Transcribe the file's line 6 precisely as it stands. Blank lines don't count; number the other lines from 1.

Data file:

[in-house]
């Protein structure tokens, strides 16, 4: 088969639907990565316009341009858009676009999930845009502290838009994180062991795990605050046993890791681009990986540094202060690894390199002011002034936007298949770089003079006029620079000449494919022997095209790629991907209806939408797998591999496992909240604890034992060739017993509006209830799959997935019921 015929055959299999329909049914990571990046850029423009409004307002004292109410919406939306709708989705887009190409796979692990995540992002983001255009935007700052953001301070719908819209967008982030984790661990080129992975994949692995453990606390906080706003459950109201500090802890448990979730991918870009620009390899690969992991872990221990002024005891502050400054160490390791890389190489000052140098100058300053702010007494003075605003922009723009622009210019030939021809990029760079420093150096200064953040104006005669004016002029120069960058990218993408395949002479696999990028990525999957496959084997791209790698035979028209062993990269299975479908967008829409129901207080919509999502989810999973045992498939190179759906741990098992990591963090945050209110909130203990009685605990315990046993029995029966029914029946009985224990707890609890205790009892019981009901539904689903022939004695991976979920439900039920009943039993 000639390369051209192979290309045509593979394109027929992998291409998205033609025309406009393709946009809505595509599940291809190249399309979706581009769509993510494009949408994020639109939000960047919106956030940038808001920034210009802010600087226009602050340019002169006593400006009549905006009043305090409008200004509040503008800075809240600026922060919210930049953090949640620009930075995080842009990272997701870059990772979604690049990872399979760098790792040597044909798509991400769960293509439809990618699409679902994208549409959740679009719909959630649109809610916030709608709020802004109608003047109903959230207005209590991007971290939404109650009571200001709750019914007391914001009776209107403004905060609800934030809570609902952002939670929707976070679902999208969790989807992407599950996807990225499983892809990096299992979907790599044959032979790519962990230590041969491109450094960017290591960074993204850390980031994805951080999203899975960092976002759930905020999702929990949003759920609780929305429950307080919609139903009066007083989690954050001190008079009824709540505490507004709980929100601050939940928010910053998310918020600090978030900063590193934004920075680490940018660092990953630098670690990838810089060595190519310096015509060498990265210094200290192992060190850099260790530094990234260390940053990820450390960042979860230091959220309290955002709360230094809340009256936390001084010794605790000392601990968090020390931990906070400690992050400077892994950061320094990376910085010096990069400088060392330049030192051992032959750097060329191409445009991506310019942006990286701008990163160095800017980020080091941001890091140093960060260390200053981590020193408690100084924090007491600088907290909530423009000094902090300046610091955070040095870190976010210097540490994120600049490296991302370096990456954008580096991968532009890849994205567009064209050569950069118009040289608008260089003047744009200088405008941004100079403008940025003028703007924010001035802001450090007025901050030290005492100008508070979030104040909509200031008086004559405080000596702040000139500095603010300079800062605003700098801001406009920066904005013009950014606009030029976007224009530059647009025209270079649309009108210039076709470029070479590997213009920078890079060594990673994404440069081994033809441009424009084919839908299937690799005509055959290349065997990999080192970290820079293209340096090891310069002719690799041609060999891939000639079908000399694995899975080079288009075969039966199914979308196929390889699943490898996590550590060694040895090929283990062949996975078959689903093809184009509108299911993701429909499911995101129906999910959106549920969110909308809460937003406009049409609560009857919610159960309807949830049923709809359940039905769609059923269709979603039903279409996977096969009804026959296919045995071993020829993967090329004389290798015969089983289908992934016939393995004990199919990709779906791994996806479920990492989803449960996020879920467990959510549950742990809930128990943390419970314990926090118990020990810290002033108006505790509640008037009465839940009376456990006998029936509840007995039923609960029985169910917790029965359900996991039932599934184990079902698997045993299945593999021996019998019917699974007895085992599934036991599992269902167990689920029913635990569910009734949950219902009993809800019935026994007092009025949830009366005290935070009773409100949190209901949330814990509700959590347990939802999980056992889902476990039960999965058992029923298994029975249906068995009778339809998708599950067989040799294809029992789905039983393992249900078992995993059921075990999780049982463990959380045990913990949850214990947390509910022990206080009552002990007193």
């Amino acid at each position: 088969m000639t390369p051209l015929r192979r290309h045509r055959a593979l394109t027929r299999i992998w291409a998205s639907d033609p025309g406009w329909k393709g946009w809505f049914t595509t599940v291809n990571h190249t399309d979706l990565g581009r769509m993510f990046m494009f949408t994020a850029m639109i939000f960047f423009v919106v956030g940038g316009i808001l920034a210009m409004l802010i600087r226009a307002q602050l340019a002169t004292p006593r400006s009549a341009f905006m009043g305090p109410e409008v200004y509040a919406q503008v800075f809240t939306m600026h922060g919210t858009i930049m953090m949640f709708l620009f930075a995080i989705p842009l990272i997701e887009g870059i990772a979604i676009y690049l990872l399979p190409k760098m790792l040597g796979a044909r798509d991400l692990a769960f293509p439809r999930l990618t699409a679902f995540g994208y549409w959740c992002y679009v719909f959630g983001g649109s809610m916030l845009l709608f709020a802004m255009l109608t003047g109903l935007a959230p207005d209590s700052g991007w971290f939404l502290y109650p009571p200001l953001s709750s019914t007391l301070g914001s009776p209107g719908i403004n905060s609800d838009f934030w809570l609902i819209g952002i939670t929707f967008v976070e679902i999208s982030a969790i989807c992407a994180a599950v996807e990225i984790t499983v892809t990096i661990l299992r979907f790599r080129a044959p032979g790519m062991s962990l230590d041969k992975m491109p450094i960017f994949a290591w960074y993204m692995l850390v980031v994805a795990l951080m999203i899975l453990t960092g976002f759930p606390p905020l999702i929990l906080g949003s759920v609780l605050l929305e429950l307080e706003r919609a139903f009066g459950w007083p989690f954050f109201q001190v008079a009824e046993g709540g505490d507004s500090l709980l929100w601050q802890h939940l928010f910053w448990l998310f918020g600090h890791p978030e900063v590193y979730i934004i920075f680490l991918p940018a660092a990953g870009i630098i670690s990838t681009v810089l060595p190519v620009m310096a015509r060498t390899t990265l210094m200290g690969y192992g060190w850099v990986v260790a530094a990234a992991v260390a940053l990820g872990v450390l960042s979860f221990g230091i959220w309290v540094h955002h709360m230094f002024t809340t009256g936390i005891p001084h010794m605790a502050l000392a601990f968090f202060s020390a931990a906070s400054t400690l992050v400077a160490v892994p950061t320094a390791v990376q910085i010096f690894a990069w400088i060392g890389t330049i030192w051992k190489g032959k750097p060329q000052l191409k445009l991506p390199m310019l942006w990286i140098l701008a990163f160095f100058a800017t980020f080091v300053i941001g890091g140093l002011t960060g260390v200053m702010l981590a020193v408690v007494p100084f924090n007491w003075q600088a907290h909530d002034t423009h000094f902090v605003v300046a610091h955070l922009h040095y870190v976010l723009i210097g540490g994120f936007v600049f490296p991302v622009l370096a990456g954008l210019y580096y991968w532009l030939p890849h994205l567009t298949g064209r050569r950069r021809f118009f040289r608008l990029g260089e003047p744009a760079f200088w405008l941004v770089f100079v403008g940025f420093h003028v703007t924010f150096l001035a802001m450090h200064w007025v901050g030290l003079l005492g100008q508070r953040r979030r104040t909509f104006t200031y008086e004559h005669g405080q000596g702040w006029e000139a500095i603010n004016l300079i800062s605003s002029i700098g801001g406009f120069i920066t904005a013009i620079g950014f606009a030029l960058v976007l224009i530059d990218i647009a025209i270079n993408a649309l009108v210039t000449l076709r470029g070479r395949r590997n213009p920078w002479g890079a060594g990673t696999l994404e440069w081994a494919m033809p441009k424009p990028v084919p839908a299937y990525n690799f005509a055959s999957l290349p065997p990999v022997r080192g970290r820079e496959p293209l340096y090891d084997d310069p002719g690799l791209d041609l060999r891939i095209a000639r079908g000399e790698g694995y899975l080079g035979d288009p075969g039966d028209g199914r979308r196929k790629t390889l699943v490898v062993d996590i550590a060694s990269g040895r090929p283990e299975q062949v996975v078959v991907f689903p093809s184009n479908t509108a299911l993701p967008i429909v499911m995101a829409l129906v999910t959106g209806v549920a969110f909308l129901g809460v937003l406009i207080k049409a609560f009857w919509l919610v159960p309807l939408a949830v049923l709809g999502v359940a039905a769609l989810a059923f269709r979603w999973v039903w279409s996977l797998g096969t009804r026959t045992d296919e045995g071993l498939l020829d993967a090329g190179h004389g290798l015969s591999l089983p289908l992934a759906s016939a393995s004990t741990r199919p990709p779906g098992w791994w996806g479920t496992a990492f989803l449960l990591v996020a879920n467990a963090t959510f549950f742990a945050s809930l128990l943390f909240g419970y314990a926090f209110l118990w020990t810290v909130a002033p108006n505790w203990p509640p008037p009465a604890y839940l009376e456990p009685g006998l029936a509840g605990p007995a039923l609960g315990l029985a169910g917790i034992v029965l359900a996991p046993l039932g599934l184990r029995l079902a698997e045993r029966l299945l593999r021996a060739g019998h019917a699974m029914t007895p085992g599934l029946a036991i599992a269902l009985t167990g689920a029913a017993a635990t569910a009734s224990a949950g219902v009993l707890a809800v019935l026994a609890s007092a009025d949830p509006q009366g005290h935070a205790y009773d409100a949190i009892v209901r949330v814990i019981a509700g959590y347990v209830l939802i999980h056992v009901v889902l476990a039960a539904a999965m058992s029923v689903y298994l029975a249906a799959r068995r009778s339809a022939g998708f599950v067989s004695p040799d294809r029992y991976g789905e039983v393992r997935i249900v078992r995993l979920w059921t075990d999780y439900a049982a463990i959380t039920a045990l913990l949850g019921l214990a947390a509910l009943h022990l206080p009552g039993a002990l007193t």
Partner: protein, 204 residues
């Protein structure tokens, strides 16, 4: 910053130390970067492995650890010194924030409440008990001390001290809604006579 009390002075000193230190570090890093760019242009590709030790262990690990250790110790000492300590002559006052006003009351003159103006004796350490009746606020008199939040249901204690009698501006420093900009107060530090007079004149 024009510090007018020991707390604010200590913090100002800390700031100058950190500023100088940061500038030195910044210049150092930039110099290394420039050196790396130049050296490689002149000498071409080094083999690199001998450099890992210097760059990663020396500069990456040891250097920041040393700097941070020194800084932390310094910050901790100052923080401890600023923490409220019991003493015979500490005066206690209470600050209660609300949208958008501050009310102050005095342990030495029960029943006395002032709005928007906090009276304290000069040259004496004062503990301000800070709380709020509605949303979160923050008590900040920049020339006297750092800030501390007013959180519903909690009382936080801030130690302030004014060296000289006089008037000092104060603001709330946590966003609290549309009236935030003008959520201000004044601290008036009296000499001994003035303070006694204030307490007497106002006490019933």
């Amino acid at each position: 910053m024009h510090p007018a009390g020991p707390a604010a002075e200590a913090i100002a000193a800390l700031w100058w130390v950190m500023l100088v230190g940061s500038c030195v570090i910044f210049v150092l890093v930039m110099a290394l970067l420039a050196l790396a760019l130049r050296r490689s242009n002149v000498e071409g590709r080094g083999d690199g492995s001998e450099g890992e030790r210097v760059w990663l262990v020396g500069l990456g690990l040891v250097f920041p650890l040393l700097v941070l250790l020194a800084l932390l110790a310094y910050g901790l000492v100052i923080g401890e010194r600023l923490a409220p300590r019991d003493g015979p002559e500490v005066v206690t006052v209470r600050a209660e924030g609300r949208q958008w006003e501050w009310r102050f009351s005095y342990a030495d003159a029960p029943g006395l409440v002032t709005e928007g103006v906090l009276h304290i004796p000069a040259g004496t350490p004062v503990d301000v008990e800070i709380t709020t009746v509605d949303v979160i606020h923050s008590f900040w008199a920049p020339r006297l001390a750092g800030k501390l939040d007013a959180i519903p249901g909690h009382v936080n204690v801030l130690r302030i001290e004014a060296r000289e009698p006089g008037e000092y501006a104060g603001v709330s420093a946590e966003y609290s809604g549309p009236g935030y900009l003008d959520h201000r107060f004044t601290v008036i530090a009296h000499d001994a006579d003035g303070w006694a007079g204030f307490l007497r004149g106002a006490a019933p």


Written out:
């Amino acid at each position: 910053m024009h510090p007018a009390g020991p707390a604010a002075e200590a913090i100002a000193a800390l700031w100058w130390v950190m500023l100088v230190g940061s500038c030195v570090i910044f210049v150092l890093v930039m110099a290394l970067l420039a050196l790396a760019l130049r050296r490689s242009n002149v000498e071409g590709r080094g083999d690199g492995s001998e450099g890992e030790r210097v760059w990663l262990v020396g500069l990456g690990l040891v250097f920041p650890l040393l700097v941070l250790l020194a800084l932390l110790a310094y910050g901790l000492v100052i923080g401890e010194r600023l923490a409220p300590r019991d003493g015979p002559e500490v005066v206690t006052v209470r600050a209660e924030g609300r949208q958008w006003e501050w009310r102050f009351s005095y342990a030495d003159a029960p029943g006395l409440v002032t709005e928007g103006v906090l009276h304290i004796p000069a040259g004496t350490p004062v503990d301000v008990e800070i709380t709020t009746v509605d949303v979160i606020h923050s008590f900040w008199a920049p020339r006297l001390a750092g800030k501390l939040d007013a959180i519903p249901g909690h009382v936080n204690v801030l130690r302030i001290e004014a060296r000289e009698p006089g008037e000092y501006a104060g603001v709330s420093a946590e966003y609290s809604g549309p009236g935030y900009l003008d959520h201000r107060f004044t601290v008036i530090a009296h000499d001994a006579d003035g303070w006694a007079g204030f307490l007497r004149g106002a006490a019933p």